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This is a research-based course involving sociolinguistics with an international focus, designed for undergraduates with no background in the field. Students explore sociolinguistic research through reading representative but accessible studies and through their own carefully structured research projects. Typical questions addressed in the studies involve the association of different languages, dialects, and speech styles with ways social structures and norms including:
• how specific languages or dialects are used preferentially by individuals belonging to different social categories such as genders, social classes, ethnic or racial groups.
• how these different groups preferentially observe different norms of oral and written language behaviors.
• why certain languages or varieties of languages become dominant or lose their privileged position and why they can even disappear.
• why and how languages or dialects evolve.
• issues specific to multilingual societies Reading materials include textbook chapters and original research articles. Students see how knowledge presented in textbooks originates in research. Students gain knowledge about how research works by written analyses of the articles. The writing involves original research on a sociolinguistic phenomenon. Students will either formulate research questions (RQs) individually, in groups, or as a class or will be assigned a project by the professor. They will learn how to collect appropriate data to meet standards of validity and reliability, and perform a basic analysis of that data. They will end by reporting their findings and conclusions to the class. A classic type of sociolinguistic project that can be used in the course involves correlating the use of linguistic (dependent) variable(s) involving pronunciation, morphology, syntax, or vocabulary with social (independent) variables. Students formulate research questions by deciding on which social variables (i.e., race, age, gender, class, geographic roots, and national identity) they wish to explore. They then investigate their questions, by collecting, analyzing and interpreting data as they relate to their RQ(s), and write up their results. Students are carefully guided through each step of this process until their project’s completion.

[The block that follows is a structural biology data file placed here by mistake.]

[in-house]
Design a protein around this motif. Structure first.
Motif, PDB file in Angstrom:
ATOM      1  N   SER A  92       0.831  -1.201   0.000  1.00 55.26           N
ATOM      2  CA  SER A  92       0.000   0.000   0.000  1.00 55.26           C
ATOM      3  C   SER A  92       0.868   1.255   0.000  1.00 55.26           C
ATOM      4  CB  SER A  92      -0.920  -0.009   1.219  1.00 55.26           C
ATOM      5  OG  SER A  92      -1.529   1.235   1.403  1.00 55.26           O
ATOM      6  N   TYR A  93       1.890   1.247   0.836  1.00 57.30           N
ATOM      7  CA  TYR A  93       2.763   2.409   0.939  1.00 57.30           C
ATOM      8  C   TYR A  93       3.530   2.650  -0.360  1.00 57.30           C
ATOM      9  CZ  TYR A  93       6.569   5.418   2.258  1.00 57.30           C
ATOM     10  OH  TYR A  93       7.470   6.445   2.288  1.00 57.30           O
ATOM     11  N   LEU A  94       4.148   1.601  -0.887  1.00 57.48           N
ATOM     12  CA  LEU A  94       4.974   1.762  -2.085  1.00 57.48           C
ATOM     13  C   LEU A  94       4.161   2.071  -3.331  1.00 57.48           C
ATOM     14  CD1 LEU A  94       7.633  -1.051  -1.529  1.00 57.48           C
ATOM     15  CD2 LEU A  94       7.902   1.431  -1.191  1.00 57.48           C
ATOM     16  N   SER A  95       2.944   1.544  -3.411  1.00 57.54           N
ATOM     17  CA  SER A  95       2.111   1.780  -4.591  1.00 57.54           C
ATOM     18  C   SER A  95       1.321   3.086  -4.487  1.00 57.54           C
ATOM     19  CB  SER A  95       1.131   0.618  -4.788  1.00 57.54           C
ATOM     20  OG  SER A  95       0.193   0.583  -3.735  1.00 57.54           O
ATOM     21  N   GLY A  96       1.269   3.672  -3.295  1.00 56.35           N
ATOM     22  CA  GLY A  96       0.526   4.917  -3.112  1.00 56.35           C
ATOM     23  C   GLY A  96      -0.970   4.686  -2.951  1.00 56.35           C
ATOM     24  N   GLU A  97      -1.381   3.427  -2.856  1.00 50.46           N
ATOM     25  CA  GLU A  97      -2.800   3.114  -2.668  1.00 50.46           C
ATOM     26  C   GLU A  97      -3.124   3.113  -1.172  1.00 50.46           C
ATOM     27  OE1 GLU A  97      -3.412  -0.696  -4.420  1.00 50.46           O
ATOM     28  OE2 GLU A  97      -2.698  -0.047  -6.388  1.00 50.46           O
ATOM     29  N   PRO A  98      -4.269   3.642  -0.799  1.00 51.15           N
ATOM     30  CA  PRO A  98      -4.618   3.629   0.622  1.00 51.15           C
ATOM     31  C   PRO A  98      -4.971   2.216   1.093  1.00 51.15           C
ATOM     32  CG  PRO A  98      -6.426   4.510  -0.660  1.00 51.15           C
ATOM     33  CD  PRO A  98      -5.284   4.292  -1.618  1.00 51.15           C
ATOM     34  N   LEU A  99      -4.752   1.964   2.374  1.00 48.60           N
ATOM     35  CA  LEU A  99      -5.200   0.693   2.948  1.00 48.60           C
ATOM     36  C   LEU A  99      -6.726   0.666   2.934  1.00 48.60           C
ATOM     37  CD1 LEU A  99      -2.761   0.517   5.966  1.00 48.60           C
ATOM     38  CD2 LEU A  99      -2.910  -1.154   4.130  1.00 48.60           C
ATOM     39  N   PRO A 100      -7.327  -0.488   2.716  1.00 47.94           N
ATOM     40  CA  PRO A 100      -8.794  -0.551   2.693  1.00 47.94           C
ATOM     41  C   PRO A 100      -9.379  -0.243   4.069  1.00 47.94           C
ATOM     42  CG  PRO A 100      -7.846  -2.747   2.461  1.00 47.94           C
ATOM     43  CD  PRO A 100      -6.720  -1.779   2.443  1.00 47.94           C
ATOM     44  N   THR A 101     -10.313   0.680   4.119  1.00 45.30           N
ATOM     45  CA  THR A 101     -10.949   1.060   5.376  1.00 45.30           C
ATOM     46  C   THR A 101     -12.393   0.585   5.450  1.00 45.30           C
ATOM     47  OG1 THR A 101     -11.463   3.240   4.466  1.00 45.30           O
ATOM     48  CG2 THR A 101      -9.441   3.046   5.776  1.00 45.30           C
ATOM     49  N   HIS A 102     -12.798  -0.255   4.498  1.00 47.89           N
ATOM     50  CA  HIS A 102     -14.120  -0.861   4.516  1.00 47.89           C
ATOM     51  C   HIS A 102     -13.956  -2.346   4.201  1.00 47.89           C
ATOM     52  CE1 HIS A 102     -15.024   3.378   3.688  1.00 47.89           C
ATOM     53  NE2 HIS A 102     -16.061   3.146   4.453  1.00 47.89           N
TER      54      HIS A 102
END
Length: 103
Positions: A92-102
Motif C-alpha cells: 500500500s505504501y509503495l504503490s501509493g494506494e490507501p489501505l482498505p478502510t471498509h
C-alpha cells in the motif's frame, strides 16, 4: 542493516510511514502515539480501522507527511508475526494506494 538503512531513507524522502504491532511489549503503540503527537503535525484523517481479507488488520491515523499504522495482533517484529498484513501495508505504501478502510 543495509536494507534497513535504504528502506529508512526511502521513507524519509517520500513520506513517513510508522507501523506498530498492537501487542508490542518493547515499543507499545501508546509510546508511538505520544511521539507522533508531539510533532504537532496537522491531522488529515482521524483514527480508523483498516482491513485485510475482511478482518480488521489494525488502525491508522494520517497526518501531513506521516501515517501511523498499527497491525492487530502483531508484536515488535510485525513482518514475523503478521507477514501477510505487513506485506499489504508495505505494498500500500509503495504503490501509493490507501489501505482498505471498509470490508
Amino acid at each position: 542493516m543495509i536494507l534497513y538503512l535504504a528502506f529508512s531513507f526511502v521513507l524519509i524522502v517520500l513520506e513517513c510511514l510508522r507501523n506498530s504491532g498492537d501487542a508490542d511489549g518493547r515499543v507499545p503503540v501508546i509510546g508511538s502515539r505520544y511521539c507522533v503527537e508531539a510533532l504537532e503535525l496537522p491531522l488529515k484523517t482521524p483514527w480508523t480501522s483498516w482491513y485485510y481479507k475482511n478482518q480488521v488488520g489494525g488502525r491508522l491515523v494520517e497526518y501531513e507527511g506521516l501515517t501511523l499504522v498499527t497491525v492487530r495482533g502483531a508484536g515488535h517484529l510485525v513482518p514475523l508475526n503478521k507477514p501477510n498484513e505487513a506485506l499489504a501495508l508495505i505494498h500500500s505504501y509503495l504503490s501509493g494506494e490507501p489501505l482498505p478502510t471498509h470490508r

Area of Knowledge and Inquiry: Analyzing Social Structures (SS) Context of Experience: World Cultures (WC) Extended Requirement: Not Applicable
Credits: 3 Prerequisites: none Existing Course: New Existing Course Number: Course Anticipated to be offered: Every Semester Other (if specified): Number of Sections: 1 Number of Seats: 30
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